How to better manage Procrastination



Most of us have practiced the great art of procrastination at some time or the other.  I used to be an expert.  I would always check out the late fees first before finding out the regular fees – for exams, filing tax returns, application submission, you name it.  These are the mandatory things where there is a deadline.  For other important things without a deadline, procrastination was easier. I would delay refinancing my mortgage and then make a feeble attempt.  When the interest rates moved up, that gave me an excuse to not refinance at all.   I put off taking the GMAT, to apply for business school.  Starting an entrepreneurship – that was delayed to no end.  I still have to get on with my exercise routine (I am working on it).

Upon analysis, I feel the following are some reasons why people procrastinate:

  a. The task is too complex (above example of refinancing).

  b. The task is huge (my case of starting an entrepreneurship).

  c. You have to get out of your comfort zone (moving houses or getting another job).

  d. You do not have much control over the outcome of the task (entering into a competition).

  e. The task requires some research.

  f. You need expert help, especially paid services (setting up a will).

  g. The task requires lots of effort and patience (building a blog).

  h. You are just lazy (as in most of my cases).

While not much can be done about the last reason, for most people aspiring to be effective leaders, the others can be fixed.  Do write in with any other reasons that you can think of, in this context.

Effective leaders do not procrastinate.  They get things started and completed on time.  The following are some steps that will help you get things started on time:

Understand the importance of the task:

So the next time you consider any such initiative, put pen to paper and first of all write down why you want to accomplish the activity.  List out the benefits that will accrue to you upon successful accomplishment of the project.  More importantly, try to find for whom you are taking on this task.  (hint: you will be motivated to begin if it benefits your own self, makes you feel better, improves your self-esteem, etc.).

Then write down the things that you can do, the things that are within your control.

Also list out what is not in your control.  But don’t stop there.  Find out who can help you change the status quo.  Formulate a plan B.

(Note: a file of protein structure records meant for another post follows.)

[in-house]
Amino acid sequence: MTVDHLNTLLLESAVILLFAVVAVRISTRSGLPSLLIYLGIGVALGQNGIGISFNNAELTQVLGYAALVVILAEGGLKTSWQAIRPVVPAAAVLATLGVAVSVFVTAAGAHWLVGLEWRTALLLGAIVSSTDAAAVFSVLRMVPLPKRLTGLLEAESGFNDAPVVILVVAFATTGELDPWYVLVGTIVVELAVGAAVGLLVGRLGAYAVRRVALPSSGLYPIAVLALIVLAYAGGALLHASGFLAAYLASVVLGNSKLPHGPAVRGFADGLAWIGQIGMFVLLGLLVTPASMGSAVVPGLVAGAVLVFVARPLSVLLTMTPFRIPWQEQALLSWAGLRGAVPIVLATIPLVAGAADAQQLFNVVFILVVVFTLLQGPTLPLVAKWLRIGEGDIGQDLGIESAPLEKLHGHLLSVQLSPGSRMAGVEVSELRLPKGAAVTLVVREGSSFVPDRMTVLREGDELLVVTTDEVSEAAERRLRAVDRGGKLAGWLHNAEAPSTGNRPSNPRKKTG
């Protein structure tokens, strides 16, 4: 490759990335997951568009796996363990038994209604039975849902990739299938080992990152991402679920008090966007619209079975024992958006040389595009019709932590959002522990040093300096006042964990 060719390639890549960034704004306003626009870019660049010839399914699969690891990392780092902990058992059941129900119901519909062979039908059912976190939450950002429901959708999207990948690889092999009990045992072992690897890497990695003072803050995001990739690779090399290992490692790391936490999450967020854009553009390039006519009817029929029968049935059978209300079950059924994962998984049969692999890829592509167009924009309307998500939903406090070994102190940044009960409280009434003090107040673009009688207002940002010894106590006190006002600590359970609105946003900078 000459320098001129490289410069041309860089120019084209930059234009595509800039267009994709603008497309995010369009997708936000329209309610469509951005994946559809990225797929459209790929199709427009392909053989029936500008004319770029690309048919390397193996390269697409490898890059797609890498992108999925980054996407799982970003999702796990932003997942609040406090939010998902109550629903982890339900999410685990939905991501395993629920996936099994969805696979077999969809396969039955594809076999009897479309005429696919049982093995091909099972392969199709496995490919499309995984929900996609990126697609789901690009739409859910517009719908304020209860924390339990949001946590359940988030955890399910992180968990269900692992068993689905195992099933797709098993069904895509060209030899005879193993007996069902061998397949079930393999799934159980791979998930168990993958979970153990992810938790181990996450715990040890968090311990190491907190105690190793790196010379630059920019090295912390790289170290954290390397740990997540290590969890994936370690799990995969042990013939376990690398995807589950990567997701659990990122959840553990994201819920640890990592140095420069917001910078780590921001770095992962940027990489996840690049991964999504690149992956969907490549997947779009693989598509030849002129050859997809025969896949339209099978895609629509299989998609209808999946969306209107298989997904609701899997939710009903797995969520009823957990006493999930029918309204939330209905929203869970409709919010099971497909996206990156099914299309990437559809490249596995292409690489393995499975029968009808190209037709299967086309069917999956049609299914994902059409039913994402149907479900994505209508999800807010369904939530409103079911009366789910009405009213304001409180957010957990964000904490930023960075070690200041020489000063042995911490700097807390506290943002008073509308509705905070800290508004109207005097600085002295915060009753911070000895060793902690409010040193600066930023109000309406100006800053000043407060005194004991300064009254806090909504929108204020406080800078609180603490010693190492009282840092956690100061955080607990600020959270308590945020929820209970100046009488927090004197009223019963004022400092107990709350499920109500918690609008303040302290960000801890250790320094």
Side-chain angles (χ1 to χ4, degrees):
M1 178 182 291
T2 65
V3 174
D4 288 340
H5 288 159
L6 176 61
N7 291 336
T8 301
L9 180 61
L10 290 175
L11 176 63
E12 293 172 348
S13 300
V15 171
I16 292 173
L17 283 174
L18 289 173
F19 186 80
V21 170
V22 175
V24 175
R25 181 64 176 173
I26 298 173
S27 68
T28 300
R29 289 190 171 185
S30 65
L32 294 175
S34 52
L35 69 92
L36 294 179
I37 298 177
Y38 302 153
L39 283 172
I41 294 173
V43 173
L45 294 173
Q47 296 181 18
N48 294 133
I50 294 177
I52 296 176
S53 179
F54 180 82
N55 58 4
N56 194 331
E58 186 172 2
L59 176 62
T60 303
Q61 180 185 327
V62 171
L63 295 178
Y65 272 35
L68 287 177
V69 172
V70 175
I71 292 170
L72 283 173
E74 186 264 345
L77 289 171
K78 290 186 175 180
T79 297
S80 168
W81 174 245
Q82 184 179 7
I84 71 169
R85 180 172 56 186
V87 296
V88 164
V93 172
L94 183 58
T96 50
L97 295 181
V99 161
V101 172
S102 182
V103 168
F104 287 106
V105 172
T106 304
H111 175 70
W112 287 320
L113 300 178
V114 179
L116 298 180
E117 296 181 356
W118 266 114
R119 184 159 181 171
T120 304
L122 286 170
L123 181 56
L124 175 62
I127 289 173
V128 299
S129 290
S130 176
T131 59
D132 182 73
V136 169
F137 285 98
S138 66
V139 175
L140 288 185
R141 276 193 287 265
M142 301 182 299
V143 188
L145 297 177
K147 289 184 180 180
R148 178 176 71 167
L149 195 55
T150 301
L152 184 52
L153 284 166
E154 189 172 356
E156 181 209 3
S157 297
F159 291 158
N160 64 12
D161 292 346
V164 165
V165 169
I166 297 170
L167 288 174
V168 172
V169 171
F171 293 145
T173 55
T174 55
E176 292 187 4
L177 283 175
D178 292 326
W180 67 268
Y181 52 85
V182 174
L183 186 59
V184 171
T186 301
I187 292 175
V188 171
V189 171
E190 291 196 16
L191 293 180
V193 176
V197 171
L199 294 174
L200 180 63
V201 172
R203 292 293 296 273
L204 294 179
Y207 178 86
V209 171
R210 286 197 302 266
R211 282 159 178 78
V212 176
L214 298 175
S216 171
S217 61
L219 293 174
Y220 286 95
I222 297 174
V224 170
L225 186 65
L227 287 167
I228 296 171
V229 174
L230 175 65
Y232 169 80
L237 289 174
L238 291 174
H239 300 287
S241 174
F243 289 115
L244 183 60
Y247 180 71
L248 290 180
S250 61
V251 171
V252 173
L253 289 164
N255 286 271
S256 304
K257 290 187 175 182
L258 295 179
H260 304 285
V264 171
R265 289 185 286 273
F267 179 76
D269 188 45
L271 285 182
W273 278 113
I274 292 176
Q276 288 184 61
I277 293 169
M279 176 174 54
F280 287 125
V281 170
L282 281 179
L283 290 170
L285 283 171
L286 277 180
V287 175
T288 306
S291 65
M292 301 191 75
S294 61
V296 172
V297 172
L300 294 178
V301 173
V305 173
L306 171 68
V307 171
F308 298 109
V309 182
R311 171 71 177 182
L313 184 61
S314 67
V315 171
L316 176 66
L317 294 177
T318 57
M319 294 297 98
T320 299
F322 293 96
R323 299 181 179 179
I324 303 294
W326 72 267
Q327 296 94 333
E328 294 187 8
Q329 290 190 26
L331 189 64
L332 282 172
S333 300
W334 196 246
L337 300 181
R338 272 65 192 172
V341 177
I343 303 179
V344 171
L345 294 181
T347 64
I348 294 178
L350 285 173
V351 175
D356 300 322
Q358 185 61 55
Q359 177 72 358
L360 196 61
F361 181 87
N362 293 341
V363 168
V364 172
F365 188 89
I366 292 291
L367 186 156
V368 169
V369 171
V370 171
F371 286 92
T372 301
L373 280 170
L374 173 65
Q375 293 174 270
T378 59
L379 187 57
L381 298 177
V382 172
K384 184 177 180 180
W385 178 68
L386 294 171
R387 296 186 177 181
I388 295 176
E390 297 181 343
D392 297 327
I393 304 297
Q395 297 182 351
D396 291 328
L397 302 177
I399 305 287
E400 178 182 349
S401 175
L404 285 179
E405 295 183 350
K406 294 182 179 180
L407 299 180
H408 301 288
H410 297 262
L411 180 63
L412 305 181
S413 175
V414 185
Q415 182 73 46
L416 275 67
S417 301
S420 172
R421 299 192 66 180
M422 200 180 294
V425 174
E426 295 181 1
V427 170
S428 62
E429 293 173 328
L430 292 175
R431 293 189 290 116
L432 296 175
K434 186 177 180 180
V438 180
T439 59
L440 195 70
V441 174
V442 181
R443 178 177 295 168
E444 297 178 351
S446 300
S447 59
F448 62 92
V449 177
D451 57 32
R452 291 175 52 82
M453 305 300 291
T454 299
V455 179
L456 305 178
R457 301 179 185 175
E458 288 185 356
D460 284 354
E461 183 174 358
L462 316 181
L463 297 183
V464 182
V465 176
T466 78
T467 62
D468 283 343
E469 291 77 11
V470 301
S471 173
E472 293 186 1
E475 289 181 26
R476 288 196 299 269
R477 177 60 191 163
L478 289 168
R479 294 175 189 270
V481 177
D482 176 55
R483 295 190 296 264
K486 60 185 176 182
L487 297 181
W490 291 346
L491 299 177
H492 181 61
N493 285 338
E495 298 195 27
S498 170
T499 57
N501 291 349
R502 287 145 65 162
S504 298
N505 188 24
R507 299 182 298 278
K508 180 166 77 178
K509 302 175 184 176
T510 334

Break-down the monumental task:

If necessary and if possible, break down the activity into smaller, more easily manageable pieces.  Then put a sequence to the tasks.  Backtrack from the goal and lay down the milestones backward, till you arrive at a feasible start date.

Understand resources:

Begin by listing down all resources that are available to you.  Sometimes, seeking help could be an option.  You’d be surprised at the options available if only you open up your mind and think about all the folks that may do something for you.  Be prepared to commit to returning the favor.  Sometimes understanding that assistance is available spurs one into action.

Remember your accomplishments:

Whenever you do something on time, you would have surely felt a sense of triumph sweep through you.  I would enjoy those moments simply because they were so rare!  Make a list of those accomplishments.  Revisit them every time you feel you are putting something off.

Finally, schedule it:

Start planning in earnest, but make sure you schedule it.  I am constantly surprised by the magical effect scheduling has.  When you make that appointment, when you put something on the calendar, you accord a certain importance to the task.

For example, today (April 3) I had scheduled an appointment with my tax preparer.  I thought at least twice of calling up and postponing the appointment.  Being the lazy person that I am, I did not make the call.  So I ended up keeping the appointment and my taxes are done.  The fact that I beat tax day by 12 days has given me a sense of triumph.

When you schedule something, there is a good chance that the thing will get done.

The above tips are to help you get started.  With good planning and effective execution, you can ensure a successful outcome.

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